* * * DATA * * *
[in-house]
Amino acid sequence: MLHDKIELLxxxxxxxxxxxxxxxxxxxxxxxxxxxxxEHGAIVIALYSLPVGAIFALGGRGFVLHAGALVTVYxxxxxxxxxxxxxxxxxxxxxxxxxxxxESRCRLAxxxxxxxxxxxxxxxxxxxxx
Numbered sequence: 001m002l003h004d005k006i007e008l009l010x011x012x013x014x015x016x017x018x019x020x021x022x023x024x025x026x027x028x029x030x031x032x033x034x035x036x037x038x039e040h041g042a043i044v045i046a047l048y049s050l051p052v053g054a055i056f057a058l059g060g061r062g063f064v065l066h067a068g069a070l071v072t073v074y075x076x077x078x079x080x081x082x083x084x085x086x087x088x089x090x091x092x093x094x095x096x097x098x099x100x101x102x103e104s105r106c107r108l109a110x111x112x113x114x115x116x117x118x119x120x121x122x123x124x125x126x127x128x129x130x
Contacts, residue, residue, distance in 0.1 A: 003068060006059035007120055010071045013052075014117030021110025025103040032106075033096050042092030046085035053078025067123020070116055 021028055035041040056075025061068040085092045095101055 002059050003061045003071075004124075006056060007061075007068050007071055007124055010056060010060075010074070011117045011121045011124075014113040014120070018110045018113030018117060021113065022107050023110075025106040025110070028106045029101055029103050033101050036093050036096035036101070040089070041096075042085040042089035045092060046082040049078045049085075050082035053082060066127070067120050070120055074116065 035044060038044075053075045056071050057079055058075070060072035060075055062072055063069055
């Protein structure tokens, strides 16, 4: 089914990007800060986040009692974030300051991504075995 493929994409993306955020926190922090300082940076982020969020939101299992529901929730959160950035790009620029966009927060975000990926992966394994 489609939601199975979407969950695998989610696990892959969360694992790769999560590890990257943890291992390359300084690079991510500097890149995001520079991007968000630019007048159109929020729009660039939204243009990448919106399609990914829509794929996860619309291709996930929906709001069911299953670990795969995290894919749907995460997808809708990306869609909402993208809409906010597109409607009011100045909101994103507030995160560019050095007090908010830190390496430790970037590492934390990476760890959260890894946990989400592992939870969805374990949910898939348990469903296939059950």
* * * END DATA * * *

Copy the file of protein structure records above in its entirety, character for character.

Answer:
[in-house]
Amino acid sequence: MLHDKIELLxxxxxxxxxxxxxxxxxxxxxxxxxxxxxEHGAIVIALYSLPVGAIFALGGRGFVLHAGALVTVYxxxxxxxxxxxxxxxxxxxxxxxxxxxxESRCRLAxxxxxxxxxxxxxxxxxxxxx
Numbered sequence: 001m002l003h004d005k006i007e008l009l010x011x012x013x014x015x016x017x018x019x020x021x022x023x024x025x026x027x028x029x030x031x032x033x034x035x036x037x038x039e040h041g042a043i044v045i046a047l048y049s050l051p052v053g054a055i056f057a058l059g060g061r062g063f064v065l066h067a068g069a070l071v072t073v074y075x076x077x078x079x080x081x082x083x084x085x086x087x088x089x090x091x092x093x094x095x096x097x098x099x100x101x102x103e104s105r106c107r108l109a110x111x112x113x114x115x116x117x118x119x120x121x122x123x124x125x126x127x128x129x130x
Contacts, residue, residue, distance in 0.1 A: 003068060006059035007120055010071045013052075014117030021110025025103040032106075033096050042092030046085035053078025067123020070116055 021028055035041040056075025061068040085092045095101055 002059050003061045003071075004124075006056060007061075007068050007071055007124055010056060010060075010074070011117045011121045011124075014113040014120070018110045018113030018117060021113065022107050023110075025106040025110070028106045029101055029103050033101050036093050036096035036101070040089070041096075042085040042089035045092060046082040049078045049085075050082035053082060066127070067120050070120055074116065 035044060038044075053075045056071050057079055058075070060072035060075055062072055063069055
């Protein structure tokens, strides 16, 4: 089914990007800060986040009692974030300051991504075995 493929994409993306955020926190922090300082940076982020969020939101299992529901929730959160950035790009620029966009927060975000990926992966394994 489609939601199975979407969950695998989610696990892959969360694992790769999560590890990257943890291992390359300084690079991510500097890149995001520079991007968000630019007048159109929020729009660039939204243009990448919106399609990914829509794929996860619309291709996930929906709001069911299953670990795969995290894919749907995460997808809708990306869609909402993208809409906010597109409607009011100045909101994103507030995160560019050095007090908010830190390496430790970037590492934390990476760890959260890894946990989400592992939870969805374990949910898939348990469903296939059950």